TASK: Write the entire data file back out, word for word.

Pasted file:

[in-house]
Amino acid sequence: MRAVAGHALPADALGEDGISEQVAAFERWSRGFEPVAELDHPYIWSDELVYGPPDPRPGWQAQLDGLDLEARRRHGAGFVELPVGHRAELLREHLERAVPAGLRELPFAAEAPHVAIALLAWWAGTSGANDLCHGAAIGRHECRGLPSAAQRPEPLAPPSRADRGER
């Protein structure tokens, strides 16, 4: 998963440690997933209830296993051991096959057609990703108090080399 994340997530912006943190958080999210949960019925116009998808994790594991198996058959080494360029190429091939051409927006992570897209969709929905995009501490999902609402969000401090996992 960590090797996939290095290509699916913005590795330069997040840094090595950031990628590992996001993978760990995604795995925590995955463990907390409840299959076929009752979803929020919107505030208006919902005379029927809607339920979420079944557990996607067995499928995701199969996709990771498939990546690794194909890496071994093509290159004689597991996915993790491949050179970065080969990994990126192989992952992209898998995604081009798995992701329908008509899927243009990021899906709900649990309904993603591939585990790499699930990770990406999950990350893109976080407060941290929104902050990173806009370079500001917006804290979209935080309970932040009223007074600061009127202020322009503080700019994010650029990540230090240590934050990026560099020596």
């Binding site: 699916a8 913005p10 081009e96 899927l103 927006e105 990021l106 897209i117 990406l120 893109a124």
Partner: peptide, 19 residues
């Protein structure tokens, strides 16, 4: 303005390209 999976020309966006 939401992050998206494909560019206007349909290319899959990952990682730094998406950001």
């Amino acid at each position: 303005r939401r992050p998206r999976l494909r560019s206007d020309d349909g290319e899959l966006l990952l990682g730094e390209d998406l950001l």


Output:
[in-house]
Amino acid sequence: MRAVAGHALPADALGEDGISEQVAAFERWSRGFEPVAELDHPYIWSDELVYGPPDPRPGWQAQLDGLDLEARRRHGAGFVELPVGHRAELLREHLERAVPAGLRELPFAAEAPHVAIALLAWWAGTSGANDLCHGAAIGRHECRGLPSAAQRPEPLAPPSRADRGER
């Protein structure tokens, strides 16, 4: 998963440690997933209830296993051991096959057609990703108090080399 994340997530912006943190958080999210949960019925116009998808994790594991198996058959080494360029190429091939051409927006992570897209969709929905995009501490999902609402969000401090996992 960590090797996939290095290509699916913005590795330069997040840094090595950031990628590992996001993978760990995604795995925590995955463990907390409840299959076929009752979803929020919107505030208006919902005379029927809607339920979420079944557990996607067995499928995701199969996709990771498939990546690794194909890496071994093509290159004689597991996915993790491949050179970065080969990994990126192989992952992209898998995604081009798995992701329908008509899927243009990021899906709900649990309904993603591939585990790499699930990770990406999950990350893109976080407060941290929104902050990173806009370079500001917006804290979209935080309970932040009223007074600061009127202020322009503080700019994010650029990540230090240590934050990026560099020596």
């Binding site: 699916a8 913005p10 081009e96 899927l103 927006e105 990021l106 897209i117 990406l120 893109a124």
Partner: peptide, 19 residues
């Protein structure tokens, strides 16, 4: 303005390209 999976020309966006 939401992050998206494909560019206007349909290319899959990952990682730094998406950001």
């Amino acid at each position: 303005r939401r992050p998206r999976l494909r560019s206007d020309d349909g290319e899959l966006l990952l990682g730094e390209d998406l950001l």